Pre-graft short tandem repeat profile determination for a patient from Mayotte displayed a peculiar pattern, using PP16 Promega kits, suggesting a contamination. A tri-allelic pattern could be observed for the TPOX locus (8, 10, and 11 AATG repeat motifs). Three of four parental HLA haplotypes were from African origin, the fourth was from Malaysian origin. The 4 patient’s grandparents were from Madagascar and had Swahili as a native language, a typical Bantu idiom. Those tri allelic patterns for TPOX are not contaminants and are described, despite their rarity, present in 2% in the black sub-Saharan populations. In 90%, this third allele (10) is due to an insertion in the X chromosome. It would have occurred in the Bantu tribes before the beginning of their geographical expansion from the Cameroon-Nigeria region to south east Africa then Madagascar and the Comorian islands. The detection of this profile in America would be in line with the migration of African populations in the direction to America linked to the slave trade. In Brazil, where diverse populations were largely mixed, this pattern is also observed in individuals with Caucasoid phenotypes.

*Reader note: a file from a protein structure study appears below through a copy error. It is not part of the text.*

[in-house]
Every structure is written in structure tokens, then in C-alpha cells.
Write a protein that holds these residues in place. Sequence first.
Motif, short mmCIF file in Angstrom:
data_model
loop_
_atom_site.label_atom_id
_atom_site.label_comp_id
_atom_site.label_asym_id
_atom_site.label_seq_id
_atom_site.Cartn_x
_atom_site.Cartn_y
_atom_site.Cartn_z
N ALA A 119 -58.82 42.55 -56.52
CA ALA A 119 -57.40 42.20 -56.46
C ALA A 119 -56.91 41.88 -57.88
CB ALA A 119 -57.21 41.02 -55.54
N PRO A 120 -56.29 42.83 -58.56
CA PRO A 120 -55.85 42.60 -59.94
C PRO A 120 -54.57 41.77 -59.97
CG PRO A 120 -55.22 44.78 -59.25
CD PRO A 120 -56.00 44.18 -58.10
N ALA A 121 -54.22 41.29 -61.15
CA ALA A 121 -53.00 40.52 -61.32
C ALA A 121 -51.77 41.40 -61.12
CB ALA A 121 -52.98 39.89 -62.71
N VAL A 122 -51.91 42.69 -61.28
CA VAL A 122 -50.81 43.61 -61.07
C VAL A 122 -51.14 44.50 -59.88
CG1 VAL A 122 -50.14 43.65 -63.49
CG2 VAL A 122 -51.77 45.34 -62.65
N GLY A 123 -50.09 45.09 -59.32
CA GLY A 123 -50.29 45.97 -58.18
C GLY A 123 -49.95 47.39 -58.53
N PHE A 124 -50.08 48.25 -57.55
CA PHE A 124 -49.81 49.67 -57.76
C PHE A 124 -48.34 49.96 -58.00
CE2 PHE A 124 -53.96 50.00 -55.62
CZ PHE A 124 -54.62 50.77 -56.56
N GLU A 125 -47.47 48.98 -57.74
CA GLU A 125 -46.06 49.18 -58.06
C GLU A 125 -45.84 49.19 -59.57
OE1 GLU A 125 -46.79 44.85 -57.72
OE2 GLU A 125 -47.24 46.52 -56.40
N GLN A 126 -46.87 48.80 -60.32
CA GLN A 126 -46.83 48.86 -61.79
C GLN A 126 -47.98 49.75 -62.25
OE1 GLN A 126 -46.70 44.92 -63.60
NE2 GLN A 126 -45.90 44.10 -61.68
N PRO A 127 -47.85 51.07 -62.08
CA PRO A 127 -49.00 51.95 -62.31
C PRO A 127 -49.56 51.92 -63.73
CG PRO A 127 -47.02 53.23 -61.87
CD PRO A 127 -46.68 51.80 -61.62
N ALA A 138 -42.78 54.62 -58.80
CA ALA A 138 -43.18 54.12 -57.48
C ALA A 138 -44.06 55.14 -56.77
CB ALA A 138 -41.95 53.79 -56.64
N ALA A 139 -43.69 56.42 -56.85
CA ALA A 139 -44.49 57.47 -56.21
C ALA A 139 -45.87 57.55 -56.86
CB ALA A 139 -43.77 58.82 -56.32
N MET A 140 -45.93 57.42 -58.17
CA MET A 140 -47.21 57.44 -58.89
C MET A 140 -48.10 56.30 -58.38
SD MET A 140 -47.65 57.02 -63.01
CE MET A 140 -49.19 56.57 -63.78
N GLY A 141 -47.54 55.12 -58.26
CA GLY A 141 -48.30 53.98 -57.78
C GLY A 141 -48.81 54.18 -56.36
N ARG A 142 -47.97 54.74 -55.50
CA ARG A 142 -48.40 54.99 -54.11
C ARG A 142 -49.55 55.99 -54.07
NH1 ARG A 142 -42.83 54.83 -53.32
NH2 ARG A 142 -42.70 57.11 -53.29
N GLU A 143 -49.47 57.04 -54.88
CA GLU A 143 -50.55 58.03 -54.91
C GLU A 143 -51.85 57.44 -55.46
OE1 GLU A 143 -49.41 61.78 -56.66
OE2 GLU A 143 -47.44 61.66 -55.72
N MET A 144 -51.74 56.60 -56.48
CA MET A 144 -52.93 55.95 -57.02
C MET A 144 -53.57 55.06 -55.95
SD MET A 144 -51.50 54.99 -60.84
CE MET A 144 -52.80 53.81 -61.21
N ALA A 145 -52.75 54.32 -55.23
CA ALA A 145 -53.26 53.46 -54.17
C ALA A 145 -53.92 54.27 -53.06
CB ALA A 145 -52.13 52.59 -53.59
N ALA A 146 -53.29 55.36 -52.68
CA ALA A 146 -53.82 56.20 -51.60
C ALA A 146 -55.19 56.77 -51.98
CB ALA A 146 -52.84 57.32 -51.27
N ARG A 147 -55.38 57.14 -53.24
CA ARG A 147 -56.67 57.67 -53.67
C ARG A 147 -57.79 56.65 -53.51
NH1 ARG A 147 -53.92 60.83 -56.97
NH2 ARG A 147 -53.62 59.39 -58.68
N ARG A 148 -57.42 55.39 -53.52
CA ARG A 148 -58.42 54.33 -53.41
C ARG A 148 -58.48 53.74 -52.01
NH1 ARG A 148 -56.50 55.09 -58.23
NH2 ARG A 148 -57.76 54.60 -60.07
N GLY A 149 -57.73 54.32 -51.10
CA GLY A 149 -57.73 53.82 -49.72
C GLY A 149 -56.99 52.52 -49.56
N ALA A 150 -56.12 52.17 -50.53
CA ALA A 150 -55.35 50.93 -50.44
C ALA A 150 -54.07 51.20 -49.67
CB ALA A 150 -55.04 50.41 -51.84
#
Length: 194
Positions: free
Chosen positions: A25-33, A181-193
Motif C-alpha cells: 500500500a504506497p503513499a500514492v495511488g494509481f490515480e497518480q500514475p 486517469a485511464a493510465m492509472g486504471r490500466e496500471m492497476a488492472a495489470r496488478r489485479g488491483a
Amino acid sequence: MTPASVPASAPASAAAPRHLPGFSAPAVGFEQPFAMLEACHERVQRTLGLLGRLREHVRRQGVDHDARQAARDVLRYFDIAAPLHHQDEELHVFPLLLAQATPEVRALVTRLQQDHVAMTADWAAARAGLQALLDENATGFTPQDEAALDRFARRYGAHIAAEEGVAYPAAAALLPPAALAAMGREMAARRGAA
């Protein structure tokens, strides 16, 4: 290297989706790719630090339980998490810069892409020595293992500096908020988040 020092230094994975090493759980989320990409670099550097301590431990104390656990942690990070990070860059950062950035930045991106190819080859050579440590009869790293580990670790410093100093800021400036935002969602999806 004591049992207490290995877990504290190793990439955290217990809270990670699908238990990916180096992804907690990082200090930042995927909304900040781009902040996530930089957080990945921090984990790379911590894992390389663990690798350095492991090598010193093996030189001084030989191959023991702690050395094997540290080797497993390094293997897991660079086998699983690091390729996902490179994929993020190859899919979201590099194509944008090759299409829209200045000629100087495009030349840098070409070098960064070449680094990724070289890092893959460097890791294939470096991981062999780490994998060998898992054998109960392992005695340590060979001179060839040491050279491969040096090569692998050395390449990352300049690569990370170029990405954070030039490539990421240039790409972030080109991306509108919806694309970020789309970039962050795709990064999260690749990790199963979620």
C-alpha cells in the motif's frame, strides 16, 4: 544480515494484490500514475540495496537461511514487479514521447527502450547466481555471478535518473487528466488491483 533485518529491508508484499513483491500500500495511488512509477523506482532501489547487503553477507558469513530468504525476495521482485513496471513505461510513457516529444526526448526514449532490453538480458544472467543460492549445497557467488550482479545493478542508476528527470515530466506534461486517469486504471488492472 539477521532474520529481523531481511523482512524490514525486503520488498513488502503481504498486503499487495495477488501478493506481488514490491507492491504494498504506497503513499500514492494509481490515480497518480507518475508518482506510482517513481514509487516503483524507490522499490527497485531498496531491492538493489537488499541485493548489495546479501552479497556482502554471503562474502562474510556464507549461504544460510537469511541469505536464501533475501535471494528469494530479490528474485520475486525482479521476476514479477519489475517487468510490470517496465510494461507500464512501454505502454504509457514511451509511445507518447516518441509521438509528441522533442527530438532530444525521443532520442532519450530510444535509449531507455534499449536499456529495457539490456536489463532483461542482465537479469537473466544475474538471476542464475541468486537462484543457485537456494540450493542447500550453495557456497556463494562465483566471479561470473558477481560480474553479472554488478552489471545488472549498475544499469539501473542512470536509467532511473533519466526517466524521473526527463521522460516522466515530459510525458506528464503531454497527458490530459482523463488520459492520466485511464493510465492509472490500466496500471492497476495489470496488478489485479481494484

Indigenous populations from Madagascar are from Polynesian origin (in particular Indonesian) and speak an Austronesian language despite strong African immigration. Parental HLA haplotypes and grand-parents native language, indicate that they are of African origin, despite a possible race mixing with the indigenous population. This ethnic origin, probably explains the observed tri-allelic pattern in this patient. This genetic particularity must be known in the chimerism post graft follow up for these patients.
Association of the CYP21A2 gene p. V282L mutation with HLA alleles and haplotypes in the Croatian population
Z. Grubic (Zagreb, HR)